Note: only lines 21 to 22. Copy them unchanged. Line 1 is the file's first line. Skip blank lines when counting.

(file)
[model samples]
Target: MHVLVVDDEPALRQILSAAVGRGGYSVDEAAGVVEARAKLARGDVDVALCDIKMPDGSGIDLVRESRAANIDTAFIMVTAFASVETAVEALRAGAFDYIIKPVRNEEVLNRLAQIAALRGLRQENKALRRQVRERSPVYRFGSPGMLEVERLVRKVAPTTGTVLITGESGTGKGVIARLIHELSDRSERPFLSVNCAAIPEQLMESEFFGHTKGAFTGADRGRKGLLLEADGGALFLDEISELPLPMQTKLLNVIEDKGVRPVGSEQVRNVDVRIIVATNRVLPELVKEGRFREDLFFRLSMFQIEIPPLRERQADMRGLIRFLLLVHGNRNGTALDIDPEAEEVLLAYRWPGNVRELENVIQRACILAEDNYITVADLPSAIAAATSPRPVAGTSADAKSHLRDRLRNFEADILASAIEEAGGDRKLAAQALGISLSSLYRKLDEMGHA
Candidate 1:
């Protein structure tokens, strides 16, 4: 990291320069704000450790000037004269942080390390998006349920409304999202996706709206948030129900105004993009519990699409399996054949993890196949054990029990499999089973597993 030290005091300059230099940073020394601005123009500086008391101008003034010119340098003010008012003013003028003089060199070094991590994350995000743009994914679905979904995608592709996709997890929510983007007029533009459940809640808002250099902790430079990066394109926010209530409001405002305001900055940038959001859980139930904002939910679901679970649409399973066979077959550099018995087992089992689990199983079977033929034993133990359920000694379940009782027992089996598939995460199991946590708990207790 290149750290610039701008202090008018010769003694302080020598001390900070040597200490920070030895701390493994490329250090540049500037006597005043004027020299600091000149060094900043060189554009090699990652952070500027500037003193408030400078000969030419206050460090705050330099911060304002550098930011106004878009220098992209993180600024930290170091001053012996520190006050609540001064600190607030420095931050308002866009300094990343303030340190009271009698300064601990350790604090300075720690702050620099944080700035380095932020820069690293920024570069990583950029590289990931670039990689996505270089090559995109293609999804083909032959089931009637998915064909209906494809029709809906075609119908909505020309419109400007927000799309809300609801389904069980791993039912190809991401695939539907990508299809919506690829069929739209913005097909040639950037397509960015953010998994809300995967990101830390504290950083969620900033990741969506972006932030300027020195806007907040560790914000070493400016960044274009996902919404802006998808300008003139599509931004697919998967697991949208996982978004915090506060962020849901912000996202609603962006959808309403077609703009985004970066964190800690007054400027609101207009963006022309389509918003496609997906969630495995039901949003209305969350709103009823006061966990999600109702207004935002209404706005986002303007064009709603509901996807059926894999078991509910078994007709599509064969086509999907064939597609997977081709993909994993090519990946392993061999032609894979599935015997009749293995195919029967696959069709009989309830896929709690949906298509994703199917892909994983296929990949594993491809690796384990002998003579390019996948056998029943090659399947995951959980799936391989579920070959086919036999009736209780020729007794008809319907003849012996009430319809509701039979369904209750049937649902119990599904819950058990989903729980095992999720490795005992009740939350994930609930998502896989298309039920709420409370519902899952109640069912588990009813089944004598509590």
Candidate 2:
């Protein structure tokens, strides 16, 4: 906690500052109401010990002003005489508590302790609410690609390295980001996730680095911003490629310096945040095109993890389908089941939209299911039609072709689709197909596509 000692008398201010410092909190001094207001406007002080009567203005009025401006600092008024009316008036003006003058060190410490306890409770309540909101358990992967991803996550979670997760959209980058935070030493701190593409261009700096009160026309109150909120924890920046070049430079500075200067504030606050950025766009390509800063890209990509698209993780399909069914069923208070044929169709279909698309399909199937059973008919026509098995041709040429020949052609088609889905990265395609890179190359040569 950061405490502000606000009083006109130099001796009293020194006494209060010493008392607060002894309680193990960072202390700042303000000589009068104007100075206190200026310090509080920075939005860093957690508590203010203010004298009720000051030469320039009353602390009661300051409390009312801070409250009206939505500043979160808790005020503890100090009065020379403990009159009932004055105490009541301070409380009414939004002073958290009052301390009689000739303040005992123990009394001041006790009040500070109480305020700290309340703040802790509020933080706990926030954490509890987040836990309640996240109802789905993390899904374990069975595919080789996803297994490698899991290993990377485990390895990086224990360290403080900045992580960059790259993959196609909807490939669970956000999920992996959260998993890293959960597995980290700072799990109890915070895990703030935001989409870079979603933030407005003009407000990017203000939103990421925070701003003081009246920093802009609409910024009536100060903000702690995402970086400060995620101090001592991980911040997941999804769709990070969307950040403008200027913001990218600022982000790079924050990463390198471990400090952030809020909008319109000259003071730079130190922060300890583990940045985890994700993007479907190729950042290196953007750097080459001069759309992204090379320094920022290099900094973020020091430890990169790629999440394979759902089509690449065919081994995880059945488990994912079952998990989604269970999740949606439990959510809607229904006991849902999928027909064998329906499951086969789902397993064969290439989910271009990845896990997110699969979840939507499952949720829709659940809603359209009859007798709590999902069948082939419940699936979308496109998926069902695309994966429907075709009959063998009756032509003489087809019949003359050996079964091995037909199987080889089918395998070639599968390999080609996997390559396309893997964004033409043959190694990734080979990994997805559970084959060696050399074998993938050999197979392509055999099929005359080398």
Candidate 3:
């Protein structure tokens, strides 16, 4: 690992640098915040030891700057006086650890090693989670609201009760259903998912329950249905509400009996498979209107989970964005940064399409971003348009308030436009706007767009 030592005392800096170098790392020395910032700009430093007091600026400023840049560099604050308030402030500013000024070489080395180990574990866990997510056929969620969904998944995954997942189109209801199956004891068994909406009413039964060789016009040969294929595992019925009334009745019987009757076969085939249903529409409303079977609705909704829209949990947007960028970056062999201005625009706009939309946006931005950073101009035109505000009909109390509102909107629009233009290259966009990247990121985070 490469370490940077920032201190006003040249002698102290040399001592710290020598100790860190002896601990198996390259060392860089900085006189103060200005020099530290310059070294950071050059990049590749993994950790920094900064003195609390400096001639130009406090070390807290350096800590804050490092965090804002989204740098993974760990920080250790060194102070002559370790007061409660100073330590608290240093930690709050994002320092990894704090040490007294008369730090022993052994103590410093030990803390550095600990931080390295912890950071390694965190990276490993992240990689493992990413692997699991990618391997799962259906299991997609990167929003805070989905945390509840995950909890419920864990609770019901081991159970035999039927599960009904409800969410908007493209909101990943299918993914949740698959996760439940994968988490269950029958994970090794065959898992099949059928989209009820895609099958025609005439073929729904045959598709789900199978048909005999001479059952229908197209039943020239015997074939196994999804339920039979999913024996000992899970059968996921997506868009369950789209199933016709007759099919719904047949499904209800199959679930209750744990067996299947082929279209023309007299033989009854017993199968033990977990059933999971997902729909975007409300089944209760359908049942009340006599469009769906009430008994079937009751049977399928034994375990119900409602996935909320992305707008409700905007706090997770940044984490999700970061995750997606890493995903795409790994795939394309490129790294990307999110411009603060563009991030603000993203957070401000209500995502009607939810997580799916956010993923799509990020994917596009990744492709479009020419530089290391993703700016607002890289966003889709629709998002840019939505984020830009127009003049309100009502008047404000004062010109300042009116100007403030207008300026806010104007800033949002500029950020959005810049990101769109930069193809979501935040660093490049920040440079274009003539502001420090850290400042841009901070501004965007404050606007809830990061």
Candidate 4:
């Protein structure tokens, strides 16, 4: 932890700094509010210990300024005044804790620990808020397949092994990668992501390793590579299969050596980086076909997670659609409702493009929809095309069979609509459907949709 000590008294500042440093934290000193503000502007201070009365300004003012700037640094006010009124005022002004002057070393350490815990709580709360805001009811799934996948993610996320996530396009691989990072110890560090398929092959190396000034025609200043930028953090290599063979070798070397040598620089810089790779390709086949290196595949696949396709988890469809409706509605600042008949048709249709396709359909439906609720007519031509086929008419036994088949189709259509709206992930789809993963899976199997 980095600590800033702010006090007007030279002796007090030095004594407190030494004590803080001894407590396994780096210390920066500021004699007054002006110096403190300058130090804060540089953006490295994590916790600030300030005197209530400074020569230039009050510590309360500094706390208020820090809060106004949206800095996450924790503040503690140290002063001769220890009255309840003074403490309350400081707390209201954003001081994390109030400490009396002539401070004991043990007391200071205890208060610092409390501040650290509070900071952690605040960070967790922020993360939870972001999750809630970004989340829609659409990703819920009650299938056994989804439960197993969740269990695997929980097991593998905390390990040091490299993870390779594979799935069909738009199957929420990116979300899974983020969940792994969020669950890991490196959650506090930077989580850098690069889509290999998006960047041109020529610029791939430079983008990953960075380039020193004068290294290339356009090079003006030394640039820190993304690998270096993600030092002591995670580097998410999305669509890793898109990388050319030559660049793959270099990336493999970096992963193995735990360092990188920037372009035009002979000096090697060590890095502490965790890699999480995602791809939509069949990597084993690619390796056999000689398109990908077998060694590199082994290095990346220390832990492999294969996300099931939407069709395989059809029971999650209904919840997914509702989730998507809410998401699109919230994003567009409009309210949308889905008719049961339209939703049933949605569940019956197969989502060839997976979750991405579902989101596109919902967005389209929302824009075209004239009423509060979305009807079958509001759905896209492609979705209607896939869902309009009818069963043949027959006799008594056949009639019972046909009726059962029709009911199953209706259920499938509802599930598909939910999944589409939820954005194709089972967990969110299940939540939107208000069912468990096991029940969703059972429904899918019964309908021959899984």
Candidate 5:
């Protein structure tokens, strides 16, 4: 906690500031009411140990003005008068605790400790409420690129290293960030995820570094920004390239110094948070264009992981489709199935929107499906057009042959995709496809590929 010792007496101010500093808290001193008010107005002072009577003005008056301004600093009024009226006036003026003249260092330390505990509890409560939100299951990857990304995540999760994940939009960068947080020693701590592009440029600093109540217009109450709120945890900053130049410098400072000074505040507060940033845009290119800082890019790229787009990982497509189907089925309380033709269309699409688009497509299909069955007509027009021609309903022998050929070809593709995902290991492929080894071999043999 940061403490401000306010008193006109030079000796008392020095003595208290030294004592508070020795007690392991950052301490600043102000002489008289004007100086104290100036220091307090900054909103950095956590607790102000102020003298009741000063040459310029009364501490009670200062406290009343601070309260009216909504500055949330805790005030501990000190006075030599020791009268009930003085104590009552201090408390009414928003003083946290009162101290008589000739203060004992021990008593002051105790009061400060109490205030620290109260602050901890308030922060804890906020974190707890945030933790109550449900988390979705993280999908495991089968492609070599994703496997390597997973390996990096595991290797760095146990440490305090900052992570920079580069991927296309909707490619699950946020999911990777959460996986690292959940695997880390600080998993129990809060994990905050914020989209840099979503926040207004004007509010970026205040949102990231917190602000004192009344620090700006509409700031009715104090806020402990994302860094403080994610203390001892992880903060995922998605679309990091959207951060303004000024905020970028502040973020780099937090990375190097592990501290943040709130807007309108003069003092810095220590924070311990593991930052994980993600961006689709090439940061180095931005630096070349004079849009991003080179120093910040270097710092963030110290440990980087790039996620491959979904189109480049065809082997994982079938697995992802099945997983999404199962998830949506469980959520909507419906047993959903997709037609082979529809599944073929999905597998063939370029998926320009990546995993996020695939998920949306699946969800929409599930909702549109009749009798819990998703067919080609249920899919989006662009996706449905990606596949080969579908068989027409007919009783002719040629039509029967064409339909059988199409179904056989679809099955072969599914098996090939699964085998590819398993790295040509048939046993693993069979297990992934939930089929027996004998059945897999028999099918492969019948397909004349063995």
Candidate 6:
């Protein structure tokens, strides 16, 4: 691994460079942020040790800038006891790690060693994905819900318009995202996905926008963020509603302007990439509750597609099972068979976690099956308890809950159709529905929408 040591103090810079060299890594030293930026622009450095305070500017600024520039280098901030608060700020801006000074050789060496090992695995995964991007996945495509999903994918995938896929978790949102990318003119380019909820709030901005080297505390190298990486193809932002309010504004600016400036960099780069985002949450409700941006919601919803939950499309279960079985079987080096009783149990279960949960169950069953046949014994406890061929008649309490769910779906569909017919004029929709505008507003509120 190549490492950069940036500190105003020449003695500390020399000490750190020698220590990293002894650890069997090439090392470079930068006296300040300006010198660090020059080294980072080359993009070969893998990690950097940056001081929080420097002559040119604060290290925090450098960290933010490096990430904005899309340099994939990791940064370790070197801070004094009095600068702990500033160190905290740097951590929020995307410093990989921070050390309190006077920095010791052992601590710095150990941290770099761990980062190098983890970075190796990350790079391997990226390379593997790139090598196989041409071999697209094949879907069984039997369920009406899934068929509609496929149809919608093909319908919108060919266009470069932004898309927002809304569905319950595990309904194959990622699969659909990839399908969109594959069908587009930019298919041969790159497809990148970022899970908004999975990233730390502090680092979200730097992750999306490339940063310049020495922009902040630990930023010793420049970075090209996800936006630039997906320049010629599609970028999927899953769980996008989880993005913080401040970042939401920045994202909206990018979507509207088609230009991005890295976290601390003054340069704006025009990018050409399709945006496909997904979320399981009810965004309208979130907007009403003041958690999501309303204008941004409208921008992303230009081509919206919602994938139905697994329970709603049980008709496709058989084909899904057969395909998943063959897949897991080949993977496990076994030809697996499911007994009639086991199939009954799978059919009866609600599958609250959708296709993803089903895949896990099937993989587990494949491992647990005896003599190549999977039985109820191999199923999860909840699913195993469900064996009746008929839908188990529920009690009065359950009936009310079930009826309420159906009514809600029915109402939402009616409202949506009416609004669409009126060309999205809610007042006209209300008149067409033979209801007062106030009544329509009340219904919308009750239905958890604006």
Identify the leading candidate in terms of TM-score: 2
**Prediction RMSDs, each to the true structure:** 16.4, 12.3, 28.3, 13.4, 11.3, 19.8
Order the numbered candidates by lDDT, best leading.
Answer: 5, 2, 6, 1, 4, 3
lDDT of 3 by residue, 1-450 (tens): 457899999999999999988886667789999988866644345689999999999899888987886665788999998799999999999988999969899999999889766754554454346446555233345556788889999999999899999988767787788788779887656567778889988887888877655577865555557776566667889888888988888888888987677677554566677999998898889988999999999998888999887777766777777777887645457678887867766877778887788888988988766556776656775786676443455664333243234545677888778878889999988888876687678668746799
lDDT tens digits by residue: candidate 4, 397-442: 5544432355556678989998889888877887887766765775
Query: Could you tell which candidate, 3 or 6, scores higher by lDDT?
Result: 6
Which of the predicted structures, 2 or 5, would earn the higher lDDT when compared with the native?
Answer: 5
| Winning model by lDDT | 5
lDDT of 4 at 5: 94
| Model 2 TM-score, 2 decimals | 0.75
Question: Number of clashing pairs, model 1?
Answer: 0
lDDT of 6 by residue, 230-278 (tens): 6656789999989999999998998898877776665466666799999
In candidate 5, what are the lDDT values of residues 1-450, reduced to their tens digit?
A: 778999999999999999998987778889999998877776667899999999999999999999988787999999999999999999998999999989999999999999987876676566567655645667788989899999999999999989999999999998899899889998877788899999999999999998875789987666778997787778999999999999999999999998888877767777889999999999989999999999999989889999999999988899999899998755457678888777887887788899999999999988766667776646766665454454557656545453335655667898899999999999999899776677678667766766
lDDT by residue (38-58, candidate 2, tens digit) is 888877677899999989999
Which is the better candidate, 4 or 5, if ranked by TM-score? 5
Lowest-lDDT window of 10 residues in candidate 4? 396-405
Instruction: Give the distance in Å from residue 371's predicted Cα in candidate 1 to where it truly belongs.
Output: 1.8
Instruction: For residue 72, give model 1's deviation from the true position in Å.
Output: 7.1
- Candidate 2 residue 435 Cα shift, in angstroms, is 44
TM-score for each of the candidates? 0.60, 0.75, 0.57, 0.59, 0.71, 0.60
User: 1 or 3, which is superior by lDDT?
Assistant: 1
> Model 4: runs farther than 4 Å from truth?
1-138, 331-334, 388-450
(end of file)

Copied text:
Query: Could you tell which candidate, 3 or 6, scores higher by lDDT?
Result: 6